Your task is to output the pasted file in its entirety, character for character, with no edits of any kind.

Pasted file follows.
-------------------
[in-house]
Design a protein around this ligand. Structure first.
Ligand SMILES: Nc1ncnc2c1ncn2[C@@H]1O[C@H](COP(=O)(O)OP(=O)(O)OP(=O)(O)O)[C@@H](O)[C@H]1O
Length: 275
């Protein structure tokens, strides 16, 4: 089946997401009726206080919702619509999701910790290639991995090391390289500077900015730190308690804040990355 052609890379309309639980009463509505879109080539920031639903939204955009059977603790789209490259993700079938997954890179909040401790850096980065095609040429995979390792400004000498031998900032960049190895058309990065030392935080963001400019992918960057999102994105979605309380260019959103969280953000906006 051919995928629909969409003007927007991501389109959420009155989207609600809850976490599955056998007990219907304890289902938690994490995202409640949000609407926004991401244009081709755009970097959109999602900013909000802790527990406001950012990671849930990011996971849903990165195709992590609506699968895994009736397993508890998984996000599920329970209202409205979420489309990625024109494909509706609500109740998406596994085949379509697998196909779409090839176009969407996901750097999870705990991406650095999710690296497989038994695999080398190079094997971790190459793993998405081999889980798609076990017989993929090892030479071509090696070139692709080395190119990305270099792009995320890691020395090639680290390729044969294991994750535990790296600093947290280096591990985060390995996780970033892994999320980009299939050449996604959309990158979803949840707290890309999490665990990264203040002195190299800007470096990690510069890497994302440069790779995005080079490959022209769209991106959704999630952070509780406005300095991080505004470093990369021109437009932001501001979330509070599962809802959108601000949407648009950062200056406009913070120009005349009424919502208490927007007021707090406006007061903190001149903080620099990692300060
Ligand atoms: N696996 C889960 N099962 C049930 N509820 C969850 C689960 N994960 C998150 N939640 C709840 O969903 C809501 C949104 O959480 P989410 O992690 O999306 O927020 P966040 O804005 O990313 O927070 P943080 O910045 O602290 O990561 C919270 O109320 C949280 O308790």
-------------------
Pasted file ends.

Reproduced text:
[in-house]
Design a protein around this ligand. Structure first.
Ligand SMILES: Nc1ncnc2c1ncn2[C@@H]1O[C@H](COP(=O)(O)OP(=O)(O)OP(=O)(O)O)[C@@H](O)[C@H]1O
Length: 275
């Protein structure tokens, strides 16, 4: 089946997401009726206080919702619509999701910790290639991995090391390289500077900015730190308690804040990355 052609890379309309639980009463509505879109080539920031639903939204955009059977603790789209490259993700079938997954890179909040401790850096980065095609040429995979390792400004000498031998900032960049190895058309990065030392935080963001400019992918960057999102994105979605309380260019959103969280953000906006 051919995928629909969409003007927007991501389109959420009155989207609600809850976490599955056998007990219907304890289902938690994490995202409640949000609407926004991401244009081709755009970097959109999602900013909000802790527990406001950012990671849930990011996971849903990165195709992590609506699968895994009736397993508890998984996000599920329970209202409205979420489309990625024109494909509706609500109740998406596994085949379509697998196909779409090839176009969407996901750097999870705990991406650095999710690296497989038994695999080398190079094997971790190459793993998405081999889980798609076990017989993929090892030479071509090696070139692709080395190119990305270099792009995320890691020395090639680290390729044969294991994750535990790296600093947290280096591990985060390995996780970033892994999320980009299939050449996604959309990158979803949840707290890309999490665990990264203040002195190299800007470096990690510069890497994302440069790779995005080079490959022209769209991106959704999630952070509780406005300095991080505004470093990369021109437009932001501001979330509070599962809802959108601000949407648009950062200056406009913070120009005349009424919502208490927007007021707090406006007061903190001149903080620099990692300060
Ligand atoms: N696996 C889960 N099962 C049930 N509820 C969850 C689960 N994960 C998150 N939640 C709840 O969903 C809501 C949104 O959480 P989410 O992690 O999306 O927020 P966040 O804005 O990313 O927070 P943080 O910045 O602290 O990561 C919270 O109320 C949280 O308790």